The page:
A discussion of Emily Dickinson’s poem “The Dying Tiger” which includes sensuality, mortality and even, perhaps, vulgarity, but no sex, no consummation and no communion either. The poem’s two bodies, and two selves, never even touch, and it is this distance that kills the male and condemns the female to waste away (though she lives on with her poetry and regrets).
By William Eaton Maintenant, Ethel l’a compris . . . Now Ethel understood: it was the emotion of her great-uncle that was making her shiver. That such a tall and strong man was immobilized; it was because there was a secret in this house, a marvelous, dangerous, fragile secret; the least movement and everything will come to a halt. — J.M.G. Le Clézio, Ritournelle de la faim (my translation) 1 The twentieth-century Italian painter Giorgio Morandi is best […]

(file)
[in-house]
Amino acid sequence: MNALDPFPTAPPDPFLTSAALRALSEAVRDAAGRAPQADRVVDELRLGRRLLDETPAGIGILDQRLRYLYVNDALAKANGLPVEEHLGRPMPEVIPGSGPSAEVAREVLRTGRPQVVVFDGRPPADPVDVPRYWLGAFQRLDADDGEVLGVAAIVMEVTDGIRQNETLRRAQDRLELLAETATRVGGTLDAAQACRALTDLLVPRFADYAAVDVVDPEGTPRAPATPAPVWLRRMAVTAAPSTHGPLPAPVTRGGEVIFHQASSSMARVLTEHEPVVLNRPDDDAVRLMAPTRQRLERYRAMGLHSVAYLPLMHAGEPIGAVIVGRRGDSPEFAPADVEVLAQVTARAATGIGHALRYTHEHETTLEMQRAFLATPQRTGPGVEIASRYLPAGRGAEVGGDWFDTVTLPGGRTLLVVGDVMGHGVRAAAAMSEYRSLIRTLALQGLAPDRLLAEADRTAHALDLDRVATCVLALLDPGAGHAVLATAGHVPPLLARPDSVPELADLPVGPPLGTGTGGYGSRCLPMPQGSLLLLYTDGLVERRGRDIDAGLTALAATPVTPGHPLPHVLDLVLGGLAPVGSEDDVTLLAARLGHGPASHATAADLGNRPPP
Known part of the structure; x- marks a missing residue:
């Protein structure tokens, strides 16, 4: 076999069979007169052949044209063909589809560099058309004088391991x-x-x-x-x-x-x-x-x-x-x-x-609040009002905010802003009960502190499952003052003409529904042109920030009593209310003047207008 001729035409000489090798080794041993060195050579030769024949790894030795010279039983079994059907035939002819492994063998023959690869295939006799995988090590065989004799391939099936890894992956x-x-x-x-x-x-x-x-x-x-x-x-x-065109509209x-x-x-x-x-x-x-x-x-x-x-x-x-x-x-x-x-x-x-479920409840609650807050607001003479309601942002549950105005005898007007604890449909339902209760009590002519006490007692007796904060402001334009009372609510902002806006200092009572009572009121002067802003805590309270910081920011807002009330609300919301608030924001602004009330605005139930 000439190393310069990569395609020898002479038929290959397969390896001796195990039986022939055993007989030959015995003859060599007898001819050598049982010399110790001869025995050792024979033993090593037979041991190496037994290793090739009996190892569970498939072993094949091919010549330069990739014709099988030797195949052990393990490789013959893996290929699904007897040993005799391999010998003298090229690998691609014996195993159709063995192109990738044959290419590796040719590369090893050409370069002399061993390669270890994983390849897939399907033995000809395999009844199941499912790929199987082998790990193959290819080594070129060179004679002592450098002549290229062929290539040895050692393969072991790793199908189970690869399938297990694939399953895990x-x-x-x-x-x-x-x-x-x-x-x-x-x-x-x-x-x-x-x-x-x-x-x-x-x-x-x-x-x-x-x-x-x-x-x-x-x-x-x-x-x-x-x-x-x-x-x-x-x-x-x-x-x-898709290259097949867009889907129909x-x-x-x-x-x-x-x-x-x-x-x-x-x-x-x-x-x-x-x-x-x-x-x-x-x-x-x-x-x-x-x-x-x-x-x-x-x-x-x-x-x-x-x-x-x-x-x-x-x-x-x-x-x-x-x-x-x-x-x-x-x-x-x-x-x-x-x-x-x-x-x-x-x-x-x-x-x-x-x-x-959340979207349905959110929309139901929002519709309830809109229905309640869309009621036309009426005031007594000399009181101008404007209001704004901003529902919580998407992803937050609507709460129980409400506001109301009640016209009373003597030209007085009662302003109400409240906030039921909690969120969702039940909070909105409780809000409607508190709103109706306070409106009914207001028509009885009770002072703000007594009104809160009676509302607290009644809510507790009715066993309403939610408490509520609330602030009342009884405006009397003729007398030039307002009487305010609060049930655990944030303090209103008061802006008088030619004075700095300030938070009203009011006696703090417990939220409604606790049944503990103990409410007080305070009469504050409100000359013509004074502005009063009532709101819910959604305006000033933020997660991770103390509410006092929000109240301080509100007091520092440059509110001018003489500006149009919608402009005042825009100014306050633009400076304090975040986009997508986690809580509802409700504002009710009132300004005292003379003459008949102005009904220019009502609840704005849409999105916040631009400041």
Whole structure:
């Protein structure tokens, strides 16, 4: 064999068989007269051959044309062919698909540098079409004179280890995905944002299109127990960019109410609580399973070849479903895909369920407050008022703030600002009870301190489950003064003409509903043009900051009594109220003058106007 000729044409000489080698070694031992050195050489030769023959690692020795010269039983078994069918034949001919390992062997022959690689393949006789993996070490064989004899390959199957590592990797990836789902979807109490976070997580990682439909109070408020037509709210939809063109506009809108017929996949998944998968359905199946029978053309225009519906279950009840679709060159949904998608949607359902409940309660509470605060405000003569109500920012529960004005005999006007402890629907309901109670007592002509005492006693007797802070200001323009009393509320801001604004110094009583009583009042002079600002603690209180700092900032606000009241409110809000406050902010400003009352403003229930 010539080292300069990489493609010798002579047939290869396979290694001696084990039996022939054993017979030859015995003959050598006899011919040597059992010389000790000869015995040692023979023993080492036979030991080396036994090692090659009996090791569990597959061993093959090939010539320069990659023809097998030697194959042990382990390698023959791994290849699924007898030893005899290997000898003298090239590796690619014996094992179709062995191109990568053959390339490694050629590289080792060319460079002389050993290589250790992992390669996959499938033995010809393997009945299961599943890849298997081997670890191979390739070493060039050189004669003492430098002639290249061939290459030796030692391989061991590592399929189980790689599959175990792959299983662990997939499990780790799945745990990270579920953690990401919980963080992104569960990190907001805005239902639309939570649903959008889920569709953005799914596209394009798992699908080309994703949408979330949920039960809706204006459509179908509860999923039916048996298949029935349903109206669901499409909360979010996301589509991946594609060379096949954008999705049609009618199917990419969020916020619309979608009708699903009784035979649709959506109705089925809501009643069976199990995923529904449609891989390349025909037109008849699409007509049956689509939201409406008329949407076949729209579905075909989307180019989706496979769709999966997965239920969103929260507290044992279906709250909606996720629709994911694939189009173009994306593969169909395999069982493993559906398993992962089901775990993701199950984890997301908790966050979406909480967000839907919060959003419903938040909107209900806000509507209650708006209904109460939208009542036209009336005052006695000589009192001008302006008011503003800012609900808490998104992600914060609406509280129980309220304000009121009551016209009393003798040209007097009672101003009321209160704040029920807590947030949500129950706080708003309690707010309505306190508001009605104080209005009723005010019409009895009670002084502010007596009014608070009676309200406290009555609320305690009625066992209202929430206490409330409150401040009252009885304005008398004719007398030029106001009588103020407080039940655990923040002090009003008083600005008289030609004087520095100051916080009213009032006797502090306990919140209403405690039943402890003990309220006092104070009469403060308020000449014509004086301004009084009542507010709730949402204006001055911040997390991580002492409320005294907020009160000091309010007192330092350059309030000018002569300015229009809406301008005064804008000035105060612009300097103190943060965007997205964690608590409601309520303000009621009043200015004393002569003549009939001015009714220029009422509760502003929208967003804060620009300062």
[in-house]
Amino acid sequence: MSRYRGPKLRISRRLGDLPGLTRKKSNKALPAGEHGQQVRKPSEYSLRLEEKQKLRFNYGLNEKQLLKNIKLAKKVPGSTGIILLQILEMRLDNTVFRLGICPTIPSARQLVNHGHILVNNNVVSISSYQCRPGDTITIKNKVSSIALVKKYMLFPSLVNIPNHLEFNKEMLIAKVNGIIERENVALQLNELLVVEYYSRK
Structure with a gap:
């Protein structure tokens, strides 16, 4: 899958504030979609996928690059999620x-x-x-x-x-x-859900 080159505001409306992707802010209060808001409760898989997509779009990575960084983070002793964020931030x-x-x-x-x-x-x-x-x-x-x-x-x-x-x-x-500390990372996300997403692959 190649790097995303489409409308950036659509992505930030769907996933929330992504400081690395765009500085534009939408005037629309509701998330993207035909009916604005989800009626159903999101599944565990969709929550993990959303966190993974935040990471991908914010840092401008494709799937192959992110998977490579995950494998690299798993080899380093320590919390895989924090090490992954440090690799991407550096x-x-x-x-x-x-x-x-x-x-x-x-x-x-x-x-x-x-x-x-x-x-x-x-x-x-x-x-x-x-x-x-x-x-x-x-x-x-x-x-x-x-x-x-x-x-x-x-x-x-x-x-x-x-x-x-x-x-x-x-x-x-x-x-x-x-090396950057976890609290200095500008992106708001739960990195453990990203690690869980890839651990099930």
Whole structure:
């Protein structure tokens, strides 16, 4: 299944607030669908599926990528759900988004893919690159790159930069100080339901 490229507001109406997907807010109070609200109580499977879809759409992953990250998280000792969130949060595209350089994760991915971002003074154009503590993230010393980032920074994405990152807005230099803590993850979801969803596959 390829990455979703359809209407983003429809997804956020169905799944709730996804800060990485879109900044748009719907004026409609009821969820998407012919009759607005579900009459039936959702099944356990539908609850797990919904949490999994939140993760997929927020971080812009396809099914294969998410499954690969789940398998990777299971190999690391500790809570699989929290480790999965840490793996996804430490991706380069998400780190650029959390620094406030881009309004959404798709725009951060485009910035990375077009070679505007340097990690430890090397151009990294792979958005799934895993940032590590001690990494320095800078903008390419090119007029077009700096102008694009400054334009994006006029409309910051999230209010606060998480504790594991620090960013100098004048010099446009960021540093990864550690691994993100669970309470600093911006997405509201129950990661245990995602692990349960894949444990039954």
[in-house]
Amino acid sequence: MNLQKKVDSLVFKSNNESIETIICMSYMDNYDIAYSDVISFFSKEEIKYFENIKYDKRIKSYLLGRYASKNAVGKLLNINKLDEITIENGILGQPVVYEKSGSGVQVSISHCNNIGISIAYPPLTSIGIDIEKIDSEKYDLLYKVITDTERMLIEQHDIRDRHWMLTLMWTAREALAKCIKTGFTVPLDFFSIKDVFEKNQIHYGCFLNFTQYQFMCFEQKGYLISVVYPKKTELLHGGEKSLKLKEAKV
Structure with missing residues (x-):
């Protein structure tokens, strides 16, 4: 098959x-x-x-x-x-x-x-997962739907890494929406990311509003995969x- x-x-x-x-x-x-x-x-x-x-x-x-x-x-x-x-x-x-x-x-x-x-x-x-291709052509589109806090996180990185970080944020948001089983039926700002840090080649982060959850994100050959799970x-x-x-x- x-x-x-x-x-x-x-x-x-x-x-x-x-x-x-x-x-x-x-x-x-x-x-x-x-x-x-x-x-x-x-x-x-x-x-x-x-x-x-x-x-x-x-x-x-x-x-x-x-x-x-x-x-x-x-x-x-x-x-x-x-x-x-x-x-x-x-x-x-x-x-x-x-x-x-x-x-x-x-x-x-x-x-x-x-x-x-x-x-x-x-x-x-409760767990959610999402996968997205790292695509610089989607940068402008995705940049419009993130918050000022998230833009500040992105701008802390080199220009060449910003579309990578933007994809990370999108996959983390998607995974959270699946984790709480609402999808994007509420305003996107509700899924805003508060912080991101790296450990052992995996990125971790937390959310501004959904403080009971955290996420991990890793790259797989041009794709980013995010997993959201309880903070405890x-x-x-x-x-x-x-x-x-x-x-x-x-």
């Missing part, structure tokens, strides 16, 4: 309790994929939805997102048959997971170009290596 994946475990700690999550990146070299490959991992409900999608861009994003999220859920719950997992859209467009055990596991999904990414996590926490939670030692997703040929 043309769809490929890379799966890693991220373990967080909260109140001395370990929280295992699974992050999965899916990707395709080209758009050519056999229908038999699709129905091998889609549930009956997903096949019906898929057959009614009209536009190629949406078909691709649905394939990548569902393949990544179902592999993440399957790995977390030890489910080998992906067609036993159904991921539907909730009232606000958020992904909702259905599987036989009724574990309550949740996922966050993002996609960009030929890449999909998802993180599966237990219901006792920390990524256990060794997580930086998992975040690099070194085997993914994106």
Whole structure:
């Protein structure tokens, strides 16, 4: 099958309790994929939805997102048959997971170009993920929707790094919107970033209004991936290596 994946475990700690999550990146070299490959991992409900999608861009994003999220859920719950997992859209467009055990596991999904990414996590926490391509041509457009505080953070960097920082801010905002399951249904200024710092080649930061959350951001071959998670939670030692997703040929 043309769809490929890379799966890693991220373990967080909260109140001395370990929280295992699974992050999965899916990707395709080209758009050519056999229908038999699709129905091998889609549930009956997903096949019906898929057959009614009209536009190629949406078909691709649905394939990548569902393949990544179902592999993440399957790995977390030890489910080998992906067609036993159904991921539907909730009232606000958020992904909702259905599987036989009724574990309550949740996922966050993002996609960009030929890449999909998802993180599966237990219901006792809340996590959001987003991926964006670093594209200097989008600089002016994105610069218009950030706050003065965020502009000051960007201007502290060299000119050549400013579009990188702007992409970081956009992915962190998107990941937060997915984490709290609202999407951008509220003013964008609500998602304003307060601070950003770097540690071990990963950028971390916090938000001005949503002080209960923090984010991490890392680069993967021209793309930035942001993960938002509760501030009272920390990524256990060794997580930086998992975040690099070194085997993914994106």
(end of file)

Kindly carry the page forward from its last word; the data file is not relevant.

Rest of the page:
Love, the French psychoanalyst Jacques Lacan has been translated (perhaps inaccurately) as saying, involves giving something you haven’t got to someone who doesn’t exist. It might be more simply proposed that movies involve offering illusions to people who are in the dark. And the next step for a purist would be to propose that the best movies are those that concern, or at least touch on, this very fact. I read in the New York Times that the American-French […]